@secretHT1 do you get enough time to be with the children? How do you ensure you are present within the school?
I’m timetabled one day a week. I do all the cover in the school as well, so I’m normally teaching at some point during the week. I’m on the gate every day and popping in and out of lessons all the time.
What do heads or SLT do that other staff don’t see or appreciate?
Constant decision making. My staff are constantly surprised at what comes across my desk and how quickly it needs responding too. Not saying that it different from teachers, but some of the decisions have a greater effect on everyone.
What advice do you have for teachers wanting to progress into management?
Get involved, shadow people, be a governor, ask questions, show an interest, offer to help.
What do you really think of governors? Help, hindrance or necessary evil? Would schools improve without their scrutiny?
I love mine. Governors that have your back are worth their weight in gold.
Are there any types of schools you would avoid and why?
Special Ed and alternative provision is not my calling, but massive respect for those who do. With regards to types, I’d give most a go I think, but would want to make sure I fit them as well as they fit me.
How do you keep going?
Some days I honestly don’t know. Good days are great, bad days can be really bad. Knowing you’re making a difference helps.
Who (what roles) make up your trusted, collective sounding board?
As far as possible everyone! Apart from that, my deputy, another senior teacher and my wife!
Why do some HT get the balance right and others allow their egos to run rampant?
Can’t answer that, but don’t see any need for it to happen. Leader doesn’t mean dictator.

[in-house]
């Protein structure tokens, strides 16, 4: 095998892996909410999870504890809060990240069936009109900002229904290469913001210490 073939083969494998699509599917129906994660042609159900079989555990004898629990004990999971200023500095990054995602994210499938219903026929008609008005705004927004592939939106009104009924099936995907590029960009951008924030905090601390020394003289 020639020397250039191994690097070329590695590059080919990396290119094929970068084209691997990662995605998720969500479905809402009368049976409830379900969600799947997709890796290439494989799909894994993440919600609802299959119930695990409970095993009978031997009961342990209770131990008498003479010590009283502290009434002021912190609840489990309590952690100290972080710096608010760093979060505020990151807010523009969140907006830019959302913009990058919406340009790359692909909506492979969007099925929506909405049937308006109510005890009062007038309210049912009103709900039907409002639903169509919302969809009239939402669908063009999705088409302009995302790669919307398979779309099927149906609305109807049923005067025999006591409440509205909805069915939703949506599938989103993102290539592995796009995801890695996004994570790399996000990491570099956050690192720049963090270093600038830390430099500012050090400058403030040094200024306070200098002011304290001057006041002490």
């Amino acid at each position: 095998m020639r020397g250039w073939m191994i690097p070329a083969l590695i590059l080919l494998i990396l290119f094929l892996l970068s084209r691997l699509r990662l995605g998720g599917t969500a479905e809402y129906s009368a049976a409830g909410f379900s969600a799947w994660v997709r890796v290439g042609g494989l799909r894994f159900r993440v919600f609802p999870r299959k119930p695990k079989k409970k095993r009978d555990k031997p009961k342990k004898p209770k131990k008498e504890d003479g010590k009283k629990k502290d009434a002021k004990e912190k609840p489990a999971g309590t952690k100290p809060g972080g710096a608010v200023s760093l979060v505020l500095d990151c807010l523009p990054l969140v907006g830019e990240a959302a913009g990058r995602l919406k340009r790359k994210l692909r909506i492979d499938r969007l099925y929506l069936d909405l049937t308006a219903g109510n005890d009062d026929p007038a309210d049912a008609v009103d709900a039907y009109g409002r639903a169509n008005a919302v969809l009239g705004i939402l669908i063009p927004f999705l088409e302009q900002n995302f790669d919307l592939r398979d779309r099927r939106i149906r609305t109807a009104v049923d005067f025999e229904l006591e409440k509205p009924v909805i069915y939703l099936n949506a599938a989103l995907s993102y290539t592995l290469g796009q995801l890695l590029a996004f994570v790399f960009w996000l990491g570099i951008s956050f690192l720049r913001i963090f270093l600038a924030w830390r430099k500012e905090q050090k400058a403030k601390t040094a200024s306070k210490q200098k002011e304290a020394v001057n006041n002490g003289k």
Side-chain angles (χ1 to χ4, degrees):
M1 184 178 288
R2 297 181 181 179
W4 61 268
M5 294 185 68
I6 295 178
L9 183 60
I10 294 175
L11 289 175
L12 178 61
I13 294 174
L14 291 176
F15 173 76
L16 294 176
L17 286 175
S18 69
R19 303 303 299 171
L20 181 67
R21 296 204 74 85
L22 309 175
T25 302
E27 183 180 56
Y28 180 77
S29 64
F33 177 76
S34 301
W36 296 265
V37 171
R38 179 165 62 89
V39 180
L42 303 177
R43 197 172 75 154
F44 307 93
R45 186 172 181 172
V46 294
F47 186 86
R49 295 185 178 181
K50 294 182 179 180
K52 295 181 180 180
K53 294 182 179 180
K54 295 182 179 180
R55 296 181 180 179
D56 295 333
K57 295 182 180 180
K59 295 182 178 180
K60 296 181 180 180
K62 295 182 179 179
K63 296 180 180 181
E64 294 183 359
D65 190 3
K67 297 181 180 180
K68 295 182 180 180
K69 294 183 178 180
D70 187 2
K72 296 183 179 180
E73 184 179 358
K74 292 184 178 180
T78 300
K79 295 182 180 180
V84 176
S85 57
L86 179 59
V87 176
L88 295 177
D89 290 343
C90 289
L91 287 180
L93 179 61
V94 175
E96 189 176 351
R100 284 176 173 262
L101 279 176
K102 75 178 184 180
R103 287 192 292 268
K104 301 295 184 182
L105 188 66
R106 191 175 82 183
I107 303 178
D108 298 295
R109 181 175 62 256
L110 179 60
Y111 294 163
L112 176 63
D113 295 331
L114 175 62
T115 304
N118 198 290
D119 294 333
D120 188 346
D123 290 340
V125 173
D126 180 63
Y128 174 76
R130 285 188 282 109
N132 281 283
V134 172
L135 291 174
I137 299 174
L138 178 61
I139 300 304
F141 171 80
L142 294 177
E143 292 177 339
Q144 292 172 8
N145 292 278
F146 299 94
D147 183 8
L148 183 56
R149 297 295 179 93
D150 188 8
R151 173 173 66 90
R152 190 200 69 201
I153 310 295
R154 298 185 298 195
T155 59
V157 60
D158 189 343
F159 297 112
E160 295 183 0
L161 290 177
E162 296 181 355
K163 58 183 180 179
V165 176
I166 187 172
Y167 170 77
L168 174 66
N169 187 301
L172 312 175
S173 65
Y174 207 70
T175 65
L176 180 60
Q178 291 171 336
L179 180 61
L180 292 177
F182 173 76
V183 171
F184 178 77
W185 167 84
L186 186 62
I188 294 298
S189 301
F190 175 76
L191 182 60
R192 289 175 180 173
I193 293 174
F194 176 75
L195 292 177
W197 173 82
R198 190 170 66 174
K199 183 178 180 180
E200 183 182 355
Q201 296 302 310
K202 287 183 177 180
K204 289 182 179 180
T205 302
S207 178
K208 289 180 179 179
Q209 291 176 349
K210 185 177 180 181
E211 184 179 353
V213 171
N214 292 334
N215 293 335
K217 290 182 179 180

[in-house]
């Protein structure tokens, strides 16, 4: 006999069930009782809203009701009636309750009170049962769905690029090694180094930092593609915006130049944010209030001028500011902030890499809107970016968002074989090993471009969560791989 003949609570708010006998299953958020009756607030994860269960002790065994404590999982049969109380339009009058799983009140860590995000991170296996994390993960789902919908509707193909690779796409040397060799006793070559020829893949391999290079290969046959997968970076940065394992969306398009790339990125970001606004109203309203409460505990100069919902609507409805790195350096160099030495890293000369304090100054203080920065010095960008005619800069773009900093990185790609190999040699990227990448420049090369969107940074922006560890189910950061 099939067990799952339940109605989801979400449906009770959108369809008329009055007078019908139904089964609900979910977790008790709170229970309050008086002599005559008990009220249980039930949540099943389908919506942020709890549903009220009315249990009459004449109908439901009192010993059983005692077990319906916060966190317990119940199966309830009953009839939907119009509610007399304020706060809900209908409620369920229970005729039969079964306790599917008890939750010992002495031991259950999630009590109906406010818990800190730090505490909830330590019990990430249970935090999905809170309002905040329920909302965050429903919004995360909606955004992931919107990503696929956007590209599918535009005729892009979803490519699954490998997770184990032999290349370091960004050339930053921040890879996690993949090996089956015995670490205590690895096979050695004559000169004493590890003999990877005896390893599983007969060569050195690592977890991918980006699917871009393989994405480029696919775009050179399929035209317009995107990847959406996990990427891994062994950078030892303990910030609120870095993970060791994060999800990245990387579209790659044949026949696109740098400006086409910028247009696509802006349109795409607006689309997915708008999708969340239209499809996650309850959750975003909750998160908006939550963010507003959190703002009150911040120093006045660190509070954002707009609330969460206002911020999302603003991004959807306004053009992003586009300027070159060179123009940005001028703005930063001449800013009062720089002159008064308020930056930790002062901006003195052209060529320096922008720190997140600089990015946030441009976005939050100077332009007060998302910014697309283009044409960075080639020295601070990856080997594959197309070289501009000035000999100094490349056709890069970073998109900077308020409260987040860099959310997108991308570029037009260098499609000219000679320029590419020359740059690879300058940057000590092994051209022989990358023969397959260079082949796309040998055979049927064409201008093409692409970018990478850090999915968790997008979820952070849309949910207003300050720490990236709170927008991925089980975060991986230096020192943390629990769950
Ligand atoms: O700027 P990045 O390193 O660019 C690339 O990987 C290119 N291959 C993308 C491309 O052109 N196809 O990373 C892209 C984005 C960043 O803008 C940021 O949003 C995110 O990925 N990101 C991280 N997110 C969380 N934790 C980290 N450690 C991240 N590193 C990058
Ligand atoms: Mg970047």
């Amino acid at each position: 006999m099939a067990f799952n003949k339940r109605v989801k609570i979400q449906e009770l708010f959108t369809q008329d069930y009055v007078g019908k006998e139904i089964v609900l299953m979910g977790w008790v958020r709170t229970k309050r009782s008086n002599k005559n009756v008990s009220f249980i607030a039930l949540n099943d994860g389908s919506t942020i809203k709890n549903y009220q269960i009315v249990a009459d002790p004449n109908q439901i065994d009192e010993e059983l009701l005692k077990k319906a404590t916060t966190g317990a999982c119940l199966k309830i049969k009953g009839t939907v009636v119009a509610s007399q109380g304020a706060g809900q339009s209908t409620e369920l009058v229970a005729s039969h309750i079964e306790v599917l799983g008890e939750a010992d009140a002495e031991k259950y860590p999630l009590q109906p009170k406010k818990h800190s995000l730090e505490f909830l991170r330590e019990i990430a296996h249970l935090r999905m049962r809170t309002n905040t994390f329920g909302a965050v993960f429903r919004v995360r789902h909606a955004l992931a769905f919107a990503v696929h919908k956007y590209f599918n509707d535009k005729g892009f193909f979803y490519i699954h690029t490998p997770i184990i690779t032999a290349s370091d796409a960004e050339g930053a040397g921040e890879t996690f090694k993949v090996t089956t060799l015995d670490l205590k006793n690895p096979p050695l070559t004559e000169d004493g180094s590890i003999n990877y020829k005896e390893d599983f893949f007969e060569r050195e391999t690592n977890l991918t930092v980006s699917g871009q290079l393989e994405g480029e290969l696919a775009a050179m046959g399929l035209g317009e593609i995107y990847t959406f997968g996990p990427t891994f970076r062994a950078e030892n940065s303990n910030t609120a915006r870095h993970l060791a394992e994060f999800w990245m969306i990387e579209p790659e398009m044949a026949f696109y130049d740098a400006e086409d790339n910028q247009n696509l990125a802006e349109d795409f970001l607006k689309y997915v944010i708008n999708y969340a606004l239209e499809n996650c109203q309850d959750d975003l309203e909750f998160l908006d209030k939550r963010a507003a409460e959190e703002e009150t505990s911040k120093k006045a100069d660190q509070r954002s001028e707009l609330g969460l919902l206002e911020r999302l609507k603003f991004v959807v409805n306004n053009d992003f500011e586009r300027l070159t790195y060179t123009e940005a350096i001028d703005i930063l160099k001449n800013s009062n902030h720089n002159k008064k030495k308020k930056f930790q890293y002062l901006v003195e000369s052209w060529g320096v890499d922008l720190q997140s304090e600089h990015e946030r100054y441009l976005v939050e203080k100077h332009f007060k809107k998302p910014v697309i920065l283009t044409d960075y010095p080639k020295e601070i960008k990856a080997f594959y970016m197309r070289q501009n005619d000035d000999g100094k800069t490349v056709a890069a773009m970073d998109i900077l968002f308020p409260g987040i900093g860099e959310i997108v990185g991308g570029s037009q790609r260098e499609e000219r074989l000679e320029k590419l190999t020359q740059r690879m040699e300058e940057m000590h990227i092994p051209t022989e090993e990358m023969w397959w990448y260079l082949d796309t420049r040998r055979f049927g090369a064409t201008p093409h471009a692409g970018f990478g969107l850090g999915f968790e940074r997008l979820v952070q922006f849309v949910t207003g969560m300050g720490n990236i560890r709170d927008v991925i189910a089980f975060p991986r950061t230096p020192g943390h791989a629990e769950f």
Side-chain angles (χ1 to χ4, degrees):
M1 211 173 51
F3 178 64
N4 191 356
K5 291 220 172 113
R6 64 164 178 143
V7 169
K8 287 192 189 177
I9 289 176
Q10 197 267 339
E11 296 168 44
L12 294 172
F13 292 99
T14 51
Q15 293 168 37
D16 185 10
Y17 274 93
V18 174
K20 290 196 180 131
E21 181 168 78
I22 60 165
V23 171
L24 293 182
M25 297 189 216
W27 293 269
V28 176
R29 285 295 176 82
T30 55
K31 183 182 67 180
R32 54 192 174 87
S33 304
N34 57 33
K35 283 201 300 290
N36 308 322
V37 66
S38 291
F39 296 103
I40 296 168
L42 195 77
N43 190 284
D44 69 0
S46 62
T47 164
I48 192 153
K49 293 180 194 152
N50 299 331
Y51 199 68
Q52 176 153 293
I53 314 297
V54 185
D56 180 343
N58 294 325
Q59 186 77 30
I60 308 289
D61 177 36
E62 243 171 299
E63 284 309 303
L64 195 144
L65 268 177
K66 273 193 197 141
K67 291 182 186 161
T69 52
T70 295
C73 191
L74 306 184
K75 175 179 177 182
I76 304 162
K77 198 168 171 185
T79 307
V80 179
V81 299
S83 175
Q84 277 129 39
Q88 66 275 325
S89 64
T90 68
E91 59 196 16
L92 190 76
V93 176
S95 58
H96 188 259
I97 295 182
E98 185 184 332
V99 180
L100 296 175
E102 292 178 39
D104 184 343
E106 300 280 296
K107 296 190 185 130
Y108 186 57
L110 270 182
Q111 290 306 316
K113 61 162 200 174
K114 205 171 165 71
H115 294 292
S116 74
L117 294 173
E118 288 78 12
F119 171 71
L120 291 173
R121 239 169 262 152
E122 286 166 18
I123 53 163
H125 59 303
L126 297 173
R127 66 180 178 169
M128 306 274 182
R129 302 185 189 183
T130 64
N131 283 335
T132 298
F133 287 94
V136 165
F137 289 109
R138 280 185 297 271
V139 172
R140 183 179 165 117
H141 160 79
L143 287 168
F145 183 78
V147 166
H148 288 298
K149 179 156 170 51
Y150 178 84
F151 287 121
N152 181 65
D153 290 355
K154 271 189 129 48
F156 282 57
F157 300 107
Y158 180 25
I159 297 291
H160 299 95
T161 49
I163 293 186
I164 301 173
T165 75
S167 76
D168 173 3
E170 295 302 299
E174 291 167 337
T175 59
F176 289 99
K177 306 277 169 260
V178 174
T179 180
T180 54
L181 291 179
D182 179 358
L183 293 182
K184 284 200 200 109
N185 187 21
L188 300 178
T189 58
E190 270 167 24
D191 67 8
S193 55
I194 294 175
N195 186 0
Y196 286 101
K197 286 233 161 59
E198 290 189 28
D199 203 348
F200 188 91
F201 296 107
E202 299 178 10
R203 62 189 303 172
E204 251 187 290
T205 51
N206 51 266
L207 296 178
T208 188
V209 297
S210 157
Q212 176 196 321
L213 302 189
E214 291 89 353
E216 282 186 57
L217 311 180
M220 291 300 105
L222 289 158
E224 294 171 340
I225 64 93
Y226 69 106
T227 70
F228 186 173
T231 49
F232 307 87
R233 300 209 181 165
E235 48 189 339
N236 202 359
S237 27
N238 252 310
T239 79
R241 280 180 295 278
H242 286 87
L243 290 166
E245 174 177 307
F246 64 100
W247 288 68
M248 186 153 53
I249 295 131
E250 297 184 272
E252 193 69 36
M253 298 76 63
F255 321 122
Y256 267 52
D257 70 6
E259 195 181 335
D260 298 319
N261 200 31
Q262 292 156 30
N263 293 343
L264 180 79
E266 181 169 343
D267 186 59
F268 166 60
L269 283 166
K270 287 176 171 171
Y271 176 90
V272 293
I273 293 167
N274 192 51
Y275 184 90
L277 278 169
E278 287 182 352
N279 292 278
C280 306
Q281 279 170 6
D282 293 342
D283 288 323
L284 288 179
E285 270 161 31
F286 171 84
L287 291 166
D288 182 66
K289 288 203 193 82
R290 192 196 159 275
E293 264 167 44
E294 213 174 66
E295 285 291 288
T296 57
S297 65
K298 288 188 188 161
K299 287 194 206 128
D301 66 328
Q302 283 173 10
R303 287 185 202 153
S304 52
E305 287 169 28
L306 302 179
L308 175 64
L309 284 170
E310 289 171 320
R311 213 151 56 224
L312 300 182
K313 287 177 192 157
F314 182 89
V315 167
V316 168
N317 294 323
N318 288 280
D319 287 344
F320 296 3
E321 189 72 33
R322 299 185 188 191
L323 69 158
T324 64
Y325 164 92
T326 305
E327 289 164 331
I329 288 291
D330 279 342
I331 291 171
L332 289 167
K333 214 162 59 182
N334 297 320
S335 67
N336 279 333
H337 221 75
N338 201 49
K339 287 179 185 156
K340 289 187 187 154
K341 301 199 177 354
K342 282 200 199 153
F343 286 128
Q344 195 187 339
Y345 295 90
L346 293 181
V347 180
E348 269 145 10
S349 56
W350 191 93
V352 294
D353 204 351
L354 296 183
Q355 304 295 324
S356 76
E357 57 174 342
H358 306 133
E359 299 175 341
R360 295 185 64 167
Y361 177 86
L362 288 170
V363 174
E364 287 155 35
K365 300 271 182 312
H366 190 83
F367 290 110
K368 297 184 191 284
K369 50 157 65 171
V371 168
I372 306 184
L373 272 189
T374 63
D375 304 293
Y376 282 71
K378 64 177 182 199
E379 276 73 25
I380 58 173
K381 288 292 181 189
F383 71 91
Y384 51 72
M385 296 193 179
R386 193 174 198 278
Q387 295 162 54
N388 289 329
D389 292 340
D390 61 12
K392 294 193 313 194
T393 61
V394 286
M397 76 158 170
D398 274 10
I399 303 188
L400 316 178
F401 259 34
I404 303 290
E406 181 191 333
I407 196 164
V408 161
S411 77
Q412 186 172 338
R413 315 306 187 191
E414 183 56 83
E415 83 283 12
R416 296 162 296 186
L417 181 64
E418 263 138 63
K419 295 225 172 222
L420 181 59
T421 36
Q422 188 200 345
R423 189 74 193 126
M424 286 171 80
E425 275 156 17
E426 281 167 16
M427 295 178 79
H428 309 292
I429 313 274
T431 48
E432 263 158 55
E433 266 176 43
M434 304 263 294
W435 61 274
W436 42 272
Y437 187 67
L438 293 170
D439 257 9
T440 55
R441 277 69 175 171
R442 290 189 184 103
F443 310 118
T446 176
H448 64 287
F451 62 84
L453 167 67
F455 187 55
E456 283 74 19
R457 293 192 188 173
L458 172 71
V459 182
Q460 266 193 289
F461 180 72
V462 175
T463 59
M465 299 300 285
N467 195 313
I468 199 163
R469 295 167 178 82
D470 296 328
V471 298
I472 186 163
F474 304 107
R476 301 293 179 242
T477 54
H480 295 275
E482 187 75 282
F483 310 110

What are your views on growth mindset?
Also, if a teacher made a really bad pun during an interview would you still hire them? Asking for a friend.
Do you know, I just might.
I like growth mindset, but really focus on the power of persistence and hard work with the kids. We try and bust the natural talent myth and teach them you can improve anything with hard work.
Do you respect the person who stands up to you if they don’t agree with your decisions more than the person who jumps through every hoop?
Most of the time. It’s about communication, I’ll have more respect if they articulate why, give good reasons and can offer a possible solution then I’ll always listen. Don’t just bring me a problem and tell me you don’t want to do something.
Why don’t Headteachers budget for a school library and librarian when the research shows that they make a difference to academic attainment across the whole school?
I’m primary, so having a librarian would unusual in a school my size. I guess it may be about priorities. I’m sure lots of HTs would like to run a fully stocked and resources library, but just can’t afford it. I spend 92% of my budget on staff. I can’t afford much else.
What’s your opinion of differentiation in the classroom? Currently writing an assignment on it.
I was trained on it and spend a long time of my teaching career on 3 activities. I’m shifting though. Limits on outcomes aren’t great, but work they can’t access is demoralising. Like everything in teaching, it has a time and a place.
Do you think MATs have had a positive impact on education? Do you feel the salaries of the CEOs are justified?
Haven’t had much experience with them to be honest. Not sure there are hard and fast rules you can apply to every school to expect success. If there was we’d have a completely prescribed state system. context is everything and MATs who impose all sorts of things may hinder this.
Whens the best time to take on a middle leader role and how does one go about achieving it?
Show interest, get involved and put some time into it. Talk to, and shadow existing leaders. Do you feel ready? Don’t be worried about starting with a small role and working up. Every subject leader role is a chance to make a difference.
Do you ever miss ‘teaching’?
I miss teaching, but I don’t miss marking, reports, etc. I still teach every week.
Do you think it’s okay to take SLT team out for Christmas Lunch during school hours?
Personally, I wouldn’t. Seems like it could create a them and us scenario which is unnecessary. Why do SLT need a special ‘do’? They aren’t any different as people or teachers.
I start my new role as LP for Inclusion & SEND in Jan. I’ll be part of a whole new SLT, the person I am replacing had no teaching commitments and I will be teaching full time. Nerves are starting to kick in! Any advice?!